Tuesday, September 2, 2014

1969 Raleigh Sports

Jon submitted this way back.

Over dinner this last Holiday during a family visit in Palm Springs, my wife's brother asked me what I had been up to, hobby-wise. When I described my developing interest in old Brit 3-speeds, he mentioned that his 12-year-old son, Martin, had been given a 3-speed bike by an older neighbor who had had it since college, but that he couldn't ride it because the gears didn't work. Since we were visiting there the week between Christmas and New Year's, I suggested that they drop it by and I would have a look at it. The next morning the bike was parked out front, faded, dried out and indeed weathered from exposure to the California sun and heat. It was a 26" DL-22 Raleigh Gent's Sports; according to the Sturmey archer hub date, a 1969. It had a 1970 Berkley campus license plate. The shift cable was hanging loose, it had a huge, faded beach cruiser seat, dried out '90's-style ergonomic grips on 'townie' bars in a clamp-style BMX stem, and no fenders. The original Raleigh block-style pedals were completely "roached". So I disassembled it wheels-off, degreased everything, gave it a good wash, polished out the frame, fork and chrome as best as I could, and gave it a good lube. The local bike shop fabbed a new cable for the 3-speed. To get a more sporting attitude, I replaced the pedals with BMX-style pedals, added diamond-pattern rubber grips and replaced the old cruiser saddle with a diamond-tufted BMX saddle. Since the fenders were gone, I also removed the chain guard, again to get a little racier look. We saw their family again New Year's Eve and when I gave him his bike back, he was very pleased with the redo. When I got back home, I sent him a chrome frame pump to go on his braze-on pegs, and reminded him to save the chain guard and keep the Berkley plate on because they are original to the bike. So I spent a relaxing vacation bringing another Raleigh 3-speed back to life, and Martin now has a set of wheels to cruise with his pals, which he does regularly; I'm told that he is careful to store his bike inside when he's not on it, all of which I have found very gratifying.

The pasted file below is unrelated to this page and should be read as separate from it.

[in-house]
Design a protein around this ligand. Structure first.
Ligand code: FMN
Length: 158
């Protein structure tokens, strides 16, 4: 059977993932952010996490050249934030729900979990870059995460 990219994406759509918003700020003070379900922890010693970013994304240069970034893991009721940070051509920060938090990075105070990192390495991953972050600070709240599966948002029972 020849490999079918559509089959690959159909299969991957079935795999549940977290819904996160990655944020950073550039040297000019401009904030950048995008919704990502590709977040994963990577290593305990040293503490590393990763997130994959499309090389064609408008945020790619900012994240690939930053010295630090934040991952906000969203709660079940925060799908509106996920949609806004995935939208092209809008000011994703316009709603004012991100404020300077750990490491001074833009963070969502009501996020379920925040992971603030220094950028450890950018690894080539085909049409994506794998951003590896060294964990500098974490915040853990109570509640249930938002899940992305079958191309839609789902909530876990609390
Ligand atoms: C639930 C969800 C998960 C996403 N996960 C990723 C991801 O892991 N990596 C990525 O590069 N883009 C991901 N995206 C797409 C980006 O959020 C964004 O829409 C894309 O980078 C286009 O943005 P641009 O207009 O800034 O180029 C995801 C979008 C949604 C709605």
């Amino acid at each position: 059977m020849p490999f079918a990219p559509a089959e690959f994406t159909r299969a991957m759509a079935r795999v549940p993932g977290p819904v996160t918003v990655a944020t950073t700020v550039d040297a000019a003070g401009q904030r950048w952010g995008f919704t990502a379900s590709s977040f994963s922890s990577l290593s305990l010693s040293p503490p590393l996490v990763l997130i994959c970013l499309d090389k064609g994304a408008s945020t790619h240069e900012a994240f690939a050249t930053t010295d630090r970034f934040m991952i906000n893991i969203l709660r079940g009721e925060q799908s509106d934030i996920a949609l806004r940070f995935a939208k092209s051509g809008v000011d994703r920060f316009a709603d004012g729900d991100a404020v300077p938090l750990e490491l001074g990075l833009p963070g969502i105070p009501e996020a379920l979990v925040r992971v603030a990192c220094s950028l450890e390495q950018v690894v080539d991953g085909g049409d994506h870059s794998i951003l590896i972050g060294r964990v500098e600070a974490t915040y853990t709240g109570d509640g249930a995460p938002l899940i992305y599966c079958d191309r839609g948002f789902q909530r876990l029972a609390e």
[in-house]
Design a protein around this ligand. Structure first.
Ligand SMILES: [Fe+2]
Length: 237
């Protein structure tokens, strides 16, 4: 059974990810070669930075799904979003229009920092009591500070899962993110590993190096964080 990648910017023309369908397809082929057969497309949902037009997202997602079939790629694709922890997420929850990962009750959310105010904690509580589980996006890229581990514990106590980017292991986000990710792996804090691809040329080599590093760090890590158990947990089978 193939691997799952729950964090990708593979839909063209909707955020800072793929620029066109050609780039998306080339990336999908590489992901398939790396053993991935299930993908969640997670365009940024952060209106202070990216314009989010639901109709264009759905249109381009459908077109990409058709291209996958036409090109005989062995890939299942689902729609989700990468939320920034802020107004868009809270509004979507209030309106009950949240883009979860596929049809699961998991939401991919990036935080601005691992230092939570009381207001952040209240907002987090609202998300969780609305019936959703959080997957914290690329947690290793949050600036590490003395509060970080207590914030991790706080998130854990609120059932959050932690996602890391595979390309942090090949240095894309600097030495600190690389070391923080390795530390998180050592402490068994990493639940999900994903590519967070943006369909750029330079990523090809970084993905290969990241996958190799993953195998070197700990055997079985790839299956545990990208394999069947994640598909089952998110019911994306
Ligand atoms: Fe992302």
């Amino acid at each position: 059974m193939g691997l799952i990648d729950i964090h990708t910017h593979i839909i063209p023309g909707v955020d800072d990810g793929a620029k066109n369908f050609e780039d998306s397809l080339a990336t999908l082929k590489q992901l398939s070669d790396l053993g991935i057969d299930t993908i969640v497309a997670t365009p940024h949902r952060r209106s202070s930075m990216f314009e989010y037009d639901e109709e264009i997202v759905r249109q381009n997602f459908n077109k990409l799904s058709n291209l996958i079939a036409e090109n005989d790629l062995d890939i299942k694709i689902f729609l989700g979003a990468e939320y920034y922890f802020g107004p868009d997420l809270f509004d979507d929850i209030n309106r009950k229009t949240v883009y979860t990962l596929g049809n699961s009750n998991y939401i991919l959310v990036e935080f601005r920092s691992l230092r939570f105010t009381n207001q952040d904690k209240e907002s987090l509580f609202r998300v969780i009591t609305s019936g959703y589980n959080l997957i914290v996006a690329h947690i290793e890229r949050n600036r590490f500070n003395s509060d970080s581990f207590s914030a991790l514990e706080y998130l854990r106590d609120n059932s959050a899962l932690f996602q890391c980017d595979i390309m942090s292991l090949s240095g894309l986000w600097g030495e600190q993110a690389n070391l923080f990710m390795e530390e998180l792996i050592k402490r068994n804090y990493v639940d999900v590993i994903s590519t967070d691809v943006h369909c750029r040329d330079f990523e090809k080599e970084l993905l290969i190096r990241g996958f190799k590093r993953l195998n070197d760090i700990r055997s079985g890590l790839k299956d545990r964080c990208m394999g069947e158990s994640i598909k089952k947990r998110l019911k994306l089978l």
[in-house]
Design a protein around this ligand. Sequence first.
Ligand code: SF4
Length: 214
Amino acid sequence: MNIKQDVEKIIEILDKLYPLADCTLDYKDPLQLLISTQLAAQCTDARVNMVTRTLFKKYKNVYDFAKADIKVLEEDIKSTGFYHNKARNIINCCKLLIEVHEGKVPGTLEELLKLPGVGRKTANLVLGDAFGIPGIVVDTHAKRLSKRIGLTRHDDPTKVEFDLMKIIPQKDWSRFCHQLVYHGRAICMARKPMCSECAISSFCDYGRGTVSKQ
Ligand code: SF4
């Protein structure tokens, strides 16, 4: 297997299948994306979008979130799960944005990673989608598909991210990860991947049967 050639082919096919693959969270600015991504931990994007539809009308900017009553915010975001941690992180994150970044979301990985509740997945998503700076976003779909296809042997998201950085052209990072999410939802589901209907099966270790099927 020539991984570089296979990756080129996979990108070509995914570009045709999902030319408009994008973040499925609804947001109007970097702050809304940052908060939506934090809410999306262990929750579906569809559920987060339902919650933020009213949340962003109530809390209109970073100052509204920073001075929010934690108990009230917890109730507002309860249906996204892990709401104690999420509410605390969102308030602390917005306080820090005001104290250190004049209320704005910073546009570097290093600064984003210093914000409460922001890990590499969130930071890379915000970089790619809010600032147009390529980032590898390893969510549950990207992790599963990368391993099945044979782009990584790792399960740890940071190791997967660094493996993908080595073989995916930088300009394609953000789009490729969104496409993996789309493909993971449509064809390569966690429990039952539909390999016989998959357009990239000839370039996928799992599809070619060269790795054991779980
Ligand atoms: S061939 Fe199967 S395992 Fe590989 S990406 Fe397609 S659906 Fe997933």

2 comments:

Jay Tyan said...

Wow, looks great! it's amazing what a change of character these bikes get when you remove the sheetmetal and put on different handlebars. It's nice to hear your relatives were lucky enough to happen upon such a nice Sports - my '58 (shown in the last post) had previously been abandoned outside in Michigan, haha. I had to completely disassemble, inspect, and repaint mine this past summer just so I would feel comfortable riding it daily, rain or shine. I'll wish Martin and his Sports a lifetime of great adventures!

George said...

Wow, very nice! A couple years ago I found a 3 speed labeled Cavalier on the head badge. The S-A hub is from 1964. Your story encouraged me to spruce it up and get it going. Thanks for the story.